[Fiji Fire Ceremony]. Bolton Corney.
[Fiji Fire Ceremony]
[Fiji Fire Ceremony]
[Fiji Fire Ceremony]

[Fiji Fire Ceremony].

1892.

Manuscript extract. 2pp. [With] Two photographs measuring 4-3/8 x 6-1/4 in. 12mo. Photographs mounted on a sheet of archival board. Fine. Item #304057

There was an old Fijian legend of walking unharmed through native oven on hot white stones by the Matagali tribe, on the Island of Beqa. On 1 September 1892, the Governor of Fiji, Sir John Bates Thurston, arranged for the "Fire Ceremony" to be performed before the Vice-Regal Party and native spectators at Rukua
village. Amongst the Europeans in the Governor's party were His Excellency and Lady Thurston, The Hon. Bolton Glanville Corney and his wife, Mr Basil Horne Thomson, and Mr. J.W. Lindt (author of Picturesque Fiji). Essentially a who's who of Europeans in the South Pacific at the time. This was a serious occasion, taking place a full decade before the ceremony became a tourist attraction.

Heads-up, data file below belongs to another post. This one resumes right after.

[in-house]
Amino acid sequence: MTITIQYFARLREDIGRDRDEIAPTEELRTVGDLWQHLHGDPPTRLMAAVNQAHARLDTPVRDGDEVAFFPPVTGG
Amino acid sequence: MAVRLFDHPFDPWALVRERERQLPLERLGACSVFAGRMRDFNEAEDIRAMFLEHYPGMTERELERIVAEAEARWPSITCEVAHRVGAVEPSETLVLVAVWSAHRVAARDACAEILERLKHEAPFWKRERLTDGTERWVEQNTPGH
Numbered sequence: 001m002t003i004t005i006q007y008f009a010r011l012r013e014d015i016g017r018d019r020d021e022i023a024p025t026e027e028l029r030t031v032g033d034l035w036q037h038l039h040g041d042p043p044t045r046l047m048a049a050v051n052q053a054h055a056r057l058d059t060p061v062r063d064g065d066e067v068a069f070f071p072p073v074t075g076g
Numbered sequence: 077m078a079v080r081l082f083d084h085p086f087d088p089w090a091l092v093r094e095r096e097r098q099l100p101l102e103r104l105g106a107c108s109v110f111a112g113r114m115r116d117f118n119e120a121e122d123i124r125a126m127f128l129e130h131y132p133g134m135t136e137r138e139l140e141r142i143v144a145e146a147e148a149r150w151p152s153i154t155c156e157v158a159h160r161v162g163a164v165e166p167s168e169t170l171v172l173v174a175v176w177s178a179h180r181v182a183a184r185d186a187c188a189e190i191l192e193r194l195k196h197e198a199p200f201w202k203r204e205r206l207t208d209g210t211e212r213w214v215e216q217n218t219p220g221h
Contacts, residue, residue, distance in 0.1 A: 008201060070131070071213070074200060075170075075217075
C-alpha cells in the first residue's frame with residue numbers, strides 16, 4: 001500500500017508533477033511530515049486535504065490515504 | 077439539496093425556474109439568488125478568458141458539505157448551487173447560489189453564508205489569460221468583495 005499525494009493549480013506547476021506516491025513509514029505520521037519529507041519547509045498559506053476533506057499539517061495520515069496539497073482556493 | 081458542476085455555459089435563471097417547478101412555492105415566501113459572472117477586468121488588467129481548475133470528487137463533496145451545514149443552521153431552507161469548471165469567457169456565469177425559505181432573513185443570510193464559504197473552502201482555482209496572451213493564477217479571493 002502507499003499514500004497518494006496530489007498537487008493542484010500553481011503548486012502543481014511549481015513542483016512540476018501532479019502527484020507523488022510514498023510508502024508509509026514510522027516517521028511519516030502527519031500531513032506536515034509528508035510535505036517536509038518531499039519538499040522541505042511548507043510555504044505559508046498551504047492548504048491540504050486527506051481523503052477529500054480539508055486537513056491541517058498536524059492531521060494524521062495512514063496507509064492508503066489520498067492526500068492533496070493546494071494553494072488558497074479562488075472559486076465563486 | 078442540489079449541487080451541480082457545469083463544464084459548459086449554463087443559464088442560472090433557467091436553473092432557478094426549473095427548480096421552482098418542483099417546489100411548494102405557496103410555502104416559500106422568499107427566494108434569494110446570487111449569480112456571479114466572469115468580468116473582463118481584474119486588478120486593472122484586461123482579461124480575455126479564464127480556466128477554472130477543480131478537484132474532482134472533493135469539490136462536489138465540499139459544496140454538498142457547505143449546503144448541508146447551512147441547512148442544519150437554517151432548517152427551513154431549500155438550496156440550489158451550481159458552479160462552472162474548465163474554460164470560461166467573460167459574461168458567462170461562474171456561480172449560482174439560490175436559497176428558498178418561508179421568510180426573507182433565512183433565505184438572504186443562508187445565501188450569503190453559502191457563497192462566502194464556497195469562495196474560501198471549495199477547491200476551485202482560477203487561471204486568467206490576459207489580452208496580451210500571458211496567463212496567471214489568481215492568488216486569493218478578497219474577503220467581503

The party all took photographs with the camera (apparently Mr Lindt's proved the most successful). None of those present could in any way account for the ability of the native men of being able to walk unharmed through the fiery oven. The natives who walked through the fire, were examined by Dr Corney, but he could arrive at no conclusion at all as to how the feat was performed.

The extract reads in part: "I send you a photograph which I took the other day on the island opposite Suva (Bega), where I went to see a fire walking performance ... About 16 young fellows file hand-in-hand in column,two abreast, into an oven or pit of red hot stones ... There is no mistake about the stones being hot ... the onlookers get quite enough of the heat in their faces though they are 12 or 15 feet off.

Born in 1851, Bolton Corney (son of the noted antiquarian), studied medicine and promptly joined the Colonial Civil Service. In 1876, he travelled to the new Crown Colony in Fiji and appointed Chief Medical Officer in 1887, based in Suva. As well as serving on councils and delegations, he published a great deal on health matters in the South Pacific. Corney was a major contributor to Basil Thomson's 1908 book The Fijians: the study of the decay of custom. In 1912 he joined the RGS and later served on its council.

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